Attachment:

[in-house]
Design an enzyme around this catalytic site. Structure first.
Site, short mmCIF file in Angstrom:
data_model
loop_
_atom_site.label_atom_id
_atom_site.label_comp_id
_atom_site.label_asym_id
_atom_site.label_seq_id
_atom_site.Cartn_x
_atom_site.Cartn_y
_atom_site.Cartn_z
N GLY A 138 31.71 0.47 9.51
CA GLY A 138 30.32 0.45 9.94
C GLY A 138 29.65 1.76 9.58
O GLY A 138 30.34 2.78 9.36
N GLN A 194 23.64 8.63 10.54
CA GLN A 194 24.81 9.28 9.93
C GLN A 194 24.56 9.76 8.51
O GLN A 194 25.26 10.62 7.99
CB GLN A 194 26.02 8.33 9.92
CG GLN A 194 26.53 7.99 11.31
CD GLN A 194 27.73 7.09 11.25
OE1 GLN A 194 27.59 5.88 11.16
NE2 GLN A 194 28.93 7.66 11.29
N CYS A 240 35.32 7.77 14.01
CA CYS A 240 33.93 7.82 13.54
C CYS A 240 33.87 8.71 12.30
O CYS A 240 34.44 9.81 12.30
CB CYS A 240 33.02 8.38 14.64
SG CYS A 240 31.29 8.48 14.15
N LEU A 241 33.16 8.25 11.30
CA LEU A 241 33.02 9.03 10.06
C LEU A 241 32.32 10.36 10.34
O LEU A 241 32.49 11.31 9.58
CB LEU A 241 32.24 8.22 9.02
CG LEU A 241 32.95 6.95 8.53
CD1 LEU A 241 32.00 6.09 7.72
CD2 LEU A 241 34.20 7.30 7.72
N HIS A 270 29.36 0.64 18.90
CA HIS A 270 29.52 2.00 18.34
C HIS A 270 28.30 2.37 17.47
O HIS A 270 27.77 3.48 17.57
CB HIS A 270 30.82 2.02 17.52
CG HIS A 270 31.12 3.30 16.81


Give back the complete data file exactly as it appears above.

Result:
[in-house]
Design an enzyme around this catalytic site. Structure first.
Site, short mmCIF file in Angstrom:
data_model
loop_
_atom_site.label_atom_id
_atom_site.label_comp_id
_atom_site.label_asym_id
_atom_site.label_seq_id
_atom_site.Cartn_x
_atom_site.Cartn_y
_atom_site.Cartn_z
N GLY A 138 31.71 0.47 9.51
CA GLY A 138 30.32 0.45 9.94
C GLY A 138 29.65 1.76 9.58
O GLY A 138 30.34 2.78 9.36
N GLN A 194 23.64 8.63 10.54
CA GLN A 194 24.81 9.28 9.93
C GLN A 194 24.56 9.76 8.51
O GLN A 194 25.26 10.62 7.99
CB GLN A 194 26.02 8.33 9.92
CG GLN A 194 26.53 7.99 11.31
CD GLN A 194 27.73 7.09 11.25
OE1 GLN A 194 27.59 5.88 11.16
NE2 GLN A 194 28.93 7.66 11.29
N CYS A 240 35.32 7.77 14.01
CA CYS A 240 33.93 7.82 13.54
C CYS A 240 33.87 8.71 12.30
O CYS A 240 34.44 9.81 12.30
CB CYS A 240 33.02 8.38 14.64
SG CYS A 240 31.29 8.48 14.15
N LEU A 241 33.16 8.25 11.30
CA LEU A 241 33.02 9.03 10.06
C LEU A 241 32.32 10.36 10.34
O LEU A 241 32.49 11.31 9.58
CB LEU A 241 32.24 8.22 9.02
CG LEU A 241 32.95 6.95 8.53
CD1 LEU A 241 32.00 6.09 7.72
CD2 LEU A 241 34.20 7.30 7.72
N HIS A 270 29.36 0.64 18.90
CA HIS A 270 29.52 2.00 18.34
C HIS A 270 28.30 2.37 17.47
O HIS A 270 27.77 3.48 17.57
CB HIS A 270 30.82 2.02 17.52
CG HIS A 270 31.12 3.30 16.81